The 25th of December is a day marked by Christians across the globe. The day celebrates the birth of Jesus Christ; the Prophet sent by God to liberate mankind from evil. Many people and cultures across the world including Christians celebrate the holiday. In many countries including the US, Christmas is celebrated as a federal holiday. The festival was formally recognized as a national holiday in the US in 1870.
Waves Of Religious Reform
In the mid-17th century, religious reforms across Europe changed the way Christians celebrated the holiday in Europe. In 1654 Oliver Cromwell led a Puritan force in assuming control of England and consequently banned Christmas. When Charles II rose to powe,r he reestablished the holiday. In 1620, English separatists reached America; but at that time Christmas was not recognized as a holiday in the continent. Between 1659-81 Christmas was banned in Boston but Captain John Smith led the people of Jamestown in celebrating the day.
Christmas As A State Holiday
In the 19th century, the concept of celebrating Christmas began to spread across the states. The holiday was re-invented by Americans into a jamboree that centered on wistfulness and peace. The northern and southern states had contrasting views on the issue of slavery and Christmas. The northerners preferred thanksgiving to Christmas while the southerners viewed the event as an essential celebration. In 1836 Christmas was declared a holiday in Alabama, in 1838 Louisiana and Arkansas followed suit.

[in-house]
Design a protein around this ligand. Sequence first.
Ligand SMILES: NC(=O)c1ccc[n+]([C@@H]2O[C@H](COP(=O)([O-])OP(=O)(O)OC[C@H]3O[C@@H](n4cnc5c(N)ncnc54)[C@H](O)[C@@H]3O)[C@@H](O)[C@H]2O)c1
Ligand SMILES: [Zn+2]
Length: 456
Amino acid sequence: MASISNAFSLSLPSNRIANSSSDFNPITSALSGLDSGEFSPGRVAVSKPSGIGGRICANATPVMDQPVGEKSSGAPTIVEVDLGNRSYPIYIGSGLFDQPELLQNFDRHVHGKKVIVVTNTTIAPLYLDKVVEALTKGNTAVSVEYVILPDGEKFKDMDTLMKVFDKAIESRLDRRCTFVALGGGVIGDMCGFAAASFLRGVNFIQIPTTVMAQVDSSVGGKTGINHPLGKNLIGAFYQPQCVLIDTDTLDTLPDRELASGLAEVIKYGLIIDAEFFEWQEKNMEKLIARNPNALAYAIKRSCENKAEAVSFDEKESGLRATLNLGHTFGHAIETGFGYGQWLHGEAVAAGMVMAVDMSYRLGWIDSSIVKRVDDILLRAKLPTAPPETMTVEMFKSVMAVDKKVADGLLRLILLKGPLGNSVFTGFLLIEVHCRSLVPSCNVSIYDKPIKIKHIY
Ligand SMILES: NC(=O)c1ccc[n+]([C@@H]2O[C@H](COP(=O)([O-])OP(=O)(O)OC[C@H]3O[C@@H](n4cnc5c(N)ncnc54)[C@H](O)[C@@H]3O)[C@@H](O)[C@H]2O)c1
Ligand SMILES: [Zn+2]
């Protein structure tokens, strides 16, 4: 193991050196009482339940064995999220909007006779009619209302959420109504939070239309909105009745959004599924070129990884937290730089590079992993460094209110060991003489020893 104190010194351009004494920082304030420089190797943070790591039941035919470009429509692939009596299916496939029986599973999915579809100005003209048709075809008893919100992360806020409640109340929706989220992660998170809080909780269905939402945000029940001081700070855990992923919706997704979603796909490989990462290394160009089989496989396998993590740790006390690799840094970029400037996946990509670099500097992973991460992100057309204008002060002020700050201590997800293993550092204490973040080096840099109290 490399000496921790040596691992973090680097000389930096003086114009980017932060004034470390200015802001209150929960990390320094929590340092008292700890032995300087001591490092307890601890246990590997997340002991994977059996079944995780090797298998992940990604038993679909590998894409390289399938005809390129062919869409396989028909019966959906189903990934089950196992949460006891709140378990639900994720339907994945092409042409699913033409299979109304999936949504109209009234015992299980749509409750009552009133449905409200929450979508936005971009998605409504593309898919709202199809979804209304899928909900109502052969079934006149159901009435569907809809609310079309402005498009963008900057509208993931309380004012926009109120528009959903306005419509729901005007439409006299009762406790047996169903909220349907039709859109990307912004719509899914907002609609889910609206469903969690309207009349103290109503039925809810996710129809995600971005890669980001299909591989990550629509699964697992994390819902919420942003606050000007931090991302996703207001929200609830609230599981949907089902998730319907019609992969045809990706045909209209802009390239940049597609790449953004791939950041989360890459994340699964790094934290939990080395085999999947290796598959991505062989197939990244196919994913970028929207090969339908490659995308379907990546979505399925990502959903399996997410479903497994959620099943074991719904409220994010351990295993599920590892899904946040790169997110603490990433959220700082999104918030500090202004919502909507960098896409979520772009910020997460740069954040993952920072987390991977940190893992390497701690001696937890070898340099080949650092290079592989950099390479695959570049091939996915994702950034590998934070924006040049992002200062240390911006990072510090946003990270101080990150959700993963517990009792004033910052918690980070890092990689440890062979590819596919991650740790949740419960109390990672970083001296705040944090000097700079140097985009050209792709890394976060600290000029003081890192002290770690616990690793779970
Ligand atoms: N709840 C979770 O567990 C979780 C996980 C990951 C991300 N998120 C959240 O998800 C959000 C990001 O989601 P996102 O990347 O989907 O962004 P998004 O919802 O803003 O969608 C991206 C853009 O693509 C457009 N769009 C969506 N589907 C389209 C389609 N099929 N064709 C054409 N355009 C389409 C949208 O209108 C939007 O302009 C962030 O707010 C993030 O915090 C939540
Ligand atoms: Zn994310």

Christmas As A Federal Holiday
In the 1870s, the federal government began recognizing state holidays as federal holidays. Christmas, George Washington’s Birthday, New Year’s Day, Thanksgiving, and Independence Day were the first five holidays to be adopted as federal holidays. In 1968 all employees except those in critical government and state installations were required to take a three day off to celebrate Christmas with their families. Several countries across the globe adopted the concept of nationalizing Christmas. During the festival, facilities such as schools, banks, hotels, and businesses remain closed. Today, many secular countries like India also celebrate Christmas as a national holiday.
About the Author
Victor Kiprop is a writer from Kenya. When he's not writing he spends time watching soccer and documentaries, visiting friends, or working in the farm.
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